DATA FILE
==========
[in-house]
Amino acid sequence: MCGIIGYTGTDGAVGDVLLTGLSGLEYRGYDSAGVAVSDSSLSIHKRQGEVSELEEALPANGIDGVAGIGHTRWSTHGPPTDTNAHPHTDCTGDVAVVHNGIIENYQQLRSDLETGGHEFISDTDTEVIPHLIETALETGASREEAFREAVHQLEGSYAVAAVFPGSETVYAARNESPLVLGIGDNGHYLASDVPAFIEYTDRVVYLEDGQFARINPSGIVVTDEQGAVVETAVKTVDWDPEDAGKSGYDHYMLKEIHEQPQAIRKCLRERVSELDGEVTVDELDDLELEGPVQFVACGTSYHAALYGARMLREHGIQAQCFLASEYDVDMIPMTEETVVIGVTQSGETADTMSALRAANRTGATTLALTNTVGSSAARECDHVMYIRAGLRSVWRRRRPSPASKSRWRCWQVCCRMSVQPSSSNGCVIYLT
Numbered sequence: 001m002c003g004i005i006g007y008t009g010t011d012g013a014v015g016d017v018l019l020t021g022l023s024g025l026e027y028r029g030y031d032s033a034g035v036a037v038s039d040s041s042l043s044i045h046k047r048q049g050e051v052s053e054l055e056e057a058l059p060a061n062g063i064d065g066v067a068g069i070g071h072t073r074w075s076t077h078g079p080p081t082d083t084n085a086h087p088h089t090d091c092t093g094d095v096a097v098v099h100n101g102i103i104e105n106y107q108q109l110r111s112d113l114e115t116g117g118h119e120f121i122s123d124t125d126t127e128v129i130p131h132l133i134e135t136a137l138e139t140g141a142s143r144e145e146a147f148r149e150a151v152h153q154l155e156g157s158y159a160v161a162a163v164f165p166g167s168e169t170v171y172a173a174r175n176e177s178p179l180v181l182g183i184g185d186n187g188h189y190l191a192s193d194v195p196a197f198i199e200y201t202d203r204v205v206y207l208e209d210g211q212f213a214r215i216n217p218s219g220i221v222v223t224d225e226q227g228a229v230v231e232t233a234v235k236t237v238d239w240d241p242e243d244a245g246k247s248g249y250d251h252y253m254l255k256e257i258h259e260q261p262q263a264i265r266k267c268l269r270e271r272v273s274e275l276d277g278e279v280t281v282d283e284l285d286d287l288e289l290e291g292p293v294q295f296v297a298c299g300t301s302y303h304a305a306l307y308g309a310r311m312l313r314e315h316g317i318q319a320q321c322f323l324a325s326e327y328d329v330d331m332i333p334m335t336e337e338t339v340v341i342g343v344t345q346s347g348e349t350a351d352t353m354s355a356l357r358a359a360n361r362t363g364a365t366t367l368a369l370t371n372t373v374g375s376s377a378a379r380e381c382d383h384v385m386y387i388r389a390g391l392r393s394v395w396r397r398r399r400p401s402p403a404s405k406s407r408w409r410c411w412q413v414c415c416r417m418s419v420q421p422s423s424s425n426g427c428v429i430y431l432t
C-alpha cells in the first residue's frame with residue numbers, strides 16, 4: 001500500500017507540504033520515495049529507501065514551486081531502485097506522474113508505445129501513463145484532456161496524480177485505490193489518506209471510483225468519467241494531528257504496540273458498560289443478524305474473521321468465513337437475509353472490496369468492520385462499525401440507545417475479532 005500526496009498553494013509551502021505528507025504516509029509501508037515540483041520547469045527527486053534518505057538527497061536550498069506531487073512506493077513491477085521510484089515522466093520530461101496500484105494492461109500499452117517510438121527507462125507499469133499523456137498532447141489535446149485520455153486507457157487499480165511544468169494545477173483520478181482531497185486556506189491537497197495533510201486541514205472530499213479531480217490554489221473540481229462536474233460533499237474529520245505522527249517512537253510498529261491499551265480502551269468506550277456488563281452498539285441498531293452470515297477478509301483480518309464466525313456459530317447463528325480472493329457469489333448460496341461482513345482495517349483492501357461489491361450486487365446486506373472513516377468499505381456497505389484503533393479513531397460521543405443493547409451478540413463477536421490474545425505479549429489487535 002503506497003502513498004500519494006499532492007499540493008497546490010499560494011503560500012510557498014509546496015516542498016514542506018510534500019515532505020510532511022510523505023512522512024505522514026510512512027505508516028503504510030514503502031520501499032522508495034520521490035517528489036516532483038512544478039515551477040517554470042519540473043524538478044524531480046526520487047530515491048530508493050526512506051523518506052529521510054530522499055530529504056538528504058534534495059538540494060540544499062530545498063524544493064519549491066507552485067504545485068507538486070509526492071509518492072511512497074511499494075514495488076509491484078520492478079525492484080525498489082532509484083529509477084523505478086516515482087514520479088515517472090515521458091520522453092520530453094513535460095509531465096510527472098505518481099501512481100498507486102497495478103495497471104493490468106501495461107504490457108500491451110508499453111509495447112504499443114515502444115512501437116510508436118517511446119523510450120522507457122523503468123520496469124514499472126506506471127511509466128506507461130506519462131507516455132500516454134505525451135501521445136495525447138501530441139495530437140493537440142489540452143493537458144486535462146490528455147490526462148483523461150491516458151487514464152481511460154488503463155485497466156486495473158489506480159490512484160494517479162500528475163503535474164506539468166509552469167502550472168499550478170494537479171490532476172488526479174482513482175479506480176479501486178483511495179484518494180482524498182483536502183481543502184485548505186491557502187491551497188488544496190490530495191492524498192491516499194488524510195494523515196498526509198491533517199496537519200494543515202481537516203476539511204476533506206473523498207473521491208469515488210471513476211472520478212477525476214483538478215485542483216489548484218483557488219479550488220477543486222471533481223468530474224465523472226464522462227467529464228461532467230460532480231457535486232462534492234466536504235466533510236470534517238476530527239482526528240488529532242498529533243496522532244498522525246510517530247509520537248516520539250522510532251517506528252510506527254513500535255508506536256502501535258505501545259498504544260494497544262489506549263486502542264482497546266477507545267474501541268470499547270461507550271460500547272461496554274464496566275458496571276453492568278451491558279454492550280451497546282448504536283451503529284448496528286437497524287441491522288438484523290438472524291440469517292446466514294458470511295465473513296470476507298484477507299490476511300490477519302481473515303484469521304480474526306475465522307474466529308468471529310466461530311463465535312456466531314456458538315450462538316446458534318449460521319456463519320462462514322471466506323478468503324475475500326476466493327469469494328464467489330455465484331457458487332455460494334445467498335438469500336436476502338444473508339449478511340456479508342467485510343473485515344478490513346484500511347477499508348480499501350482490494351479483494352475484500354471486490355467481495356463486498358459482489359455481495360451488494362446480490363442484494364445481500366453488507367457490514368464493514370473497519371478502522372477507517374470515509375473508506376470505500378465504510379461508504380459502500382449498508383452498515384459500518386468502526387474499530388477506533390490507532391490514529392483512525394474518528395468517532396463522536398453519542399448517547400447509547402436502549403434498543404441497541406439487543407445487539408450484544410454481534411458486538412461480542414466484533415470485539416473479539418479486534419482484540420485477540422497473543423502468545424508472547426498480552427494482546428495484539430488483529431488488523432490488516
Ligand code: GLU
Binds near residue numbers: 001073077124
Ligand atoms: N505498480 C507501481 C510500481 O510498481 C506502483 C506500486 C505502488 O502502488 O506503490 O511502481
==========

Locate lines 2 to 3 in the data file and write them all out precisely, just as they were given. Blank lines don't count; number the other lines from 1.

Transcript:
Amino acid sequence: MCGIIGYTGTDGAVGDVLLTGLSGLEYRGYDSAGVAVSDSSLSIHKRQGEVSELEEALPANGIDGVAGIGHTRWSTHGPPTDTNAHPHTDCTGDVAVVHNGIIENYQQLRSDLETGGHEFISDTDTEVIPHLIETALETGASREEAFREAVHQLEGSYAVAAVFPGSETVYAARNESPLVLGIGDNGHYLASDVPAFIEYTDRVVYLEDGQFARINPSGIVVTDEQGAVVETAVKTVDWDPEDAGKSGYDHYMLKEIHEQPQAIRKCLRERVSELDGEVTVDELDDLELEGPVQFVACGTSYHAALYGARMLREHGIQAQCFLASEYDVDMIPMTEETVVIGVTQSGETADTMSALRAANRTGATTLALTNTVGSSAARECDHVMYIRAGLRSVWRRRRPSPASKSRWRCWQVCCRMSVQPSSSNGCVIYLT
Numbered sequence: 001m002c003g004i005i006g007y008t009g010t011d012g013a014v015g016d017v018l019l020t021g022l023s024g025l026e027y028r029g030y031d032s033a034g035v036a037v038s039d040s041s042l043s044i045h046k047r048q049g050e051v052s053e054l055e056e057a058l059p060a061n062g063i064d065g066v067a068g069i070g071h072t073r074w075s076t077h078g079p080p081t082d083t084n085a086h087p088h089t090d091c092t093g094d095v096a097v098v099h100n101g102i103i104e105n106y107q108q109l110r111s112d113l114e115t116g117g118h119e120f121i122s123d124t125d126t127e128v129i130p131h132l133i134e135t136a137l138e139t140g141a142s143r144e145e146a147f148r149e150a151v152h153q154l155e156g157s158y159a160v161a162a163v164f165p166g167s168e169t170v171y172a173a174r175n176e177s178p179l180v181l182g183i184g185d186n187g188h189y190l191a192s193d194v195p196a197f198i199e200y201t202d203r204v205v206y207l208e209d210g211q212f213a214r215i216n217p218s219g220i221v222v223t224d225e226q227g228a229v230v231e232t233a234v235k236t237v238d239w240d241p242e243d244a245g246k247s248g249y250d251h252y253m254l255k256e257i258h259e260q261p262q263a264i265r266k267c268l269r270e271r272v273s274e275l276d277g278e279v280t281v282d283e284l285d286d287l288e289l290e291g292p293v294q295f296v297a298c299g300t301s302y303h304a305a306l307y308g309a310r311m312l313r314e315h316g317i318q319a320q321c322f323l324a325s326e327y328d329v330d331m332i333p334m335t336e337e338t339v340v341i342g343v344t345q346s347g348e349t350a351d352t353m354s355a356l357r358a359a360n361r362t363g364a365t366t367l368a369l370t371n372t373v374g375s376s377a378a379r380e381c382d383h384v385m386y387i388r389a390g391l392r393s394v395w396r397r398r399r400p401s402p403a404s405k406s407r408w409r410c411w412q413v414c415c416r417m418s419v420q421p422s423s424s425n426g427c428v429i430y431l432t